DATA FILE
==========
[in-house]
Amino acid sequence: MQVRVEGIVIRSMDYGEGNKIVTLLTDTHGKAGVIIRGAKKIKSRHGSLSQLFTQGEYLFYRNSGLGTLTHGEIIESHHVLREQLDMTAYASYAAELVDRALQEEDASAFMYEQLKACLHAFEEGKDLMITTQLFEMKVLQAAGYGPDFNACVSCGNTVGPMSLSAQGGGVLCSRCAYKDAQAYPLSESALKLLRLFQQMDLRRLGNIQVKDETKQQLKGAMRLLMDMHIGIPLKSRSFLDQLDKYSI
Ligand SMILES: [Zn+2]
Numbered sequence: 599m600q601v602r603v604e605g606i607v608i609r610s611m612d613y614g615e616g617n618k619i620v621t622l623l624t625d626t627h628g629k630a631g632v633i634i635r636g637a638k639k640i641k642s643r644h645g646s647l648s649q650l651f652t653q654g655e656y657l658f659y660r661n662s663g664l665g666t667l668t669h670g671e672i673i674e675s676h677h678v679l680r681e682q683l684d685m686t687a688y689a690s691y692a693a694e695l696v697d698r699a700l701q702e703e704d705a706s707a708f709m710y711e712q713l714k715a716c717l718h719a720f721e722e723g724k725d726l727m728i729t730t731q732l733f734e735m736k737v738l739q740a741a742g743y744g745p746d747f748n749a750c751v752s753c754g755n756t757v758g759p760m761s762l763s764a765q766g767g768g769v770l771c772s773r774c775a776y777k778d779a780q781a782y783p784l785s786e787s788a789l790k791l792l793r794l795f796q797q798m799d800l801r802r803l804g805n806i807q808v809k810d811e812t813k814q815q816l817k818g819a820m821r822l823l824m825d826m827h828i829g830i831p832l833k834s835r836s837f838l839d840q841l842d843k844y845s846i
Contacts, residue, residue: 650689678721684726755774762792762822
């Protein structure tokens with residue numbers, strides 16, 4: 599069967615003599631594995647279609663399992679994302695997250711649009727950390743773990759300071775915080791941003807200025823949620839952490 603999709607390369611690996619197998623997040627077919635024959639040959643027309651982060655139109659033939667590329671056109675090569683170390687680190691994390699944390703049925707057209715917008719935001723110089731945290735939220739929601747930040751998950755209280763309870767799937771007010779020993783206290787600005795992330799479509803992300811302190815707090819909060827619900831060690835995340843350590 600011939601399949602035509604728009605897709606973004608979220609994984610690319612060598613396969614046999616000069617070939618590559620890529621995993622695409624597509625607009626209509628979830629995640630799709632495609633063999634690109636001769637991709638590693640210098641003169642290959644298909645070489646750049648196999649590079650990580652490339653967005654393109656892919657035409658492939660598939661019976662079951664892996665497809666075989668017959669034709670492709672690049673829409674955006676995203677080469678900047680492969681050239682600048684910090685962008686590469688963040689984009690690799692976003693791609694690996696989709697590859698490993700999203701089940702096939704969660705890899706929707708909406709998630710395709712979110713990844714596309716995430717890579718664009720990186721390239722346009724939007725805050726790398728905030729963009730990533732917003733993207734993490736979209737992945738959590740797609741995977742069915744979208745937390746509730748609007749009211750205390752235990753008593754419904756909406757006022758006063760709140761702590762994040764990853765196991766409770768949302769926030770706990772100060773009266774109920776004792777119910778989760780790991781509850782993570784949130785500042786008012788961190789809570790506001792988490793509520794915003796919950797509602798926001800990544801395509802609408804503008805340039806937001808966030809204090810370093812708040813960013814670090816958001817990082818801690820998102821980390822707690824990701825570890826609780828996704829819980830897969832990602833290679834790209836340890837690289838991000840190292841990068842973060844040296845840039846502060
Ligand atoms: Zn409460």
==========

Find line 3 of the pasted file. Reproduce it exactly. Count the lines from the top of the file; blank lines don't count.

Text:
Ligand SMILES: [Zn+2]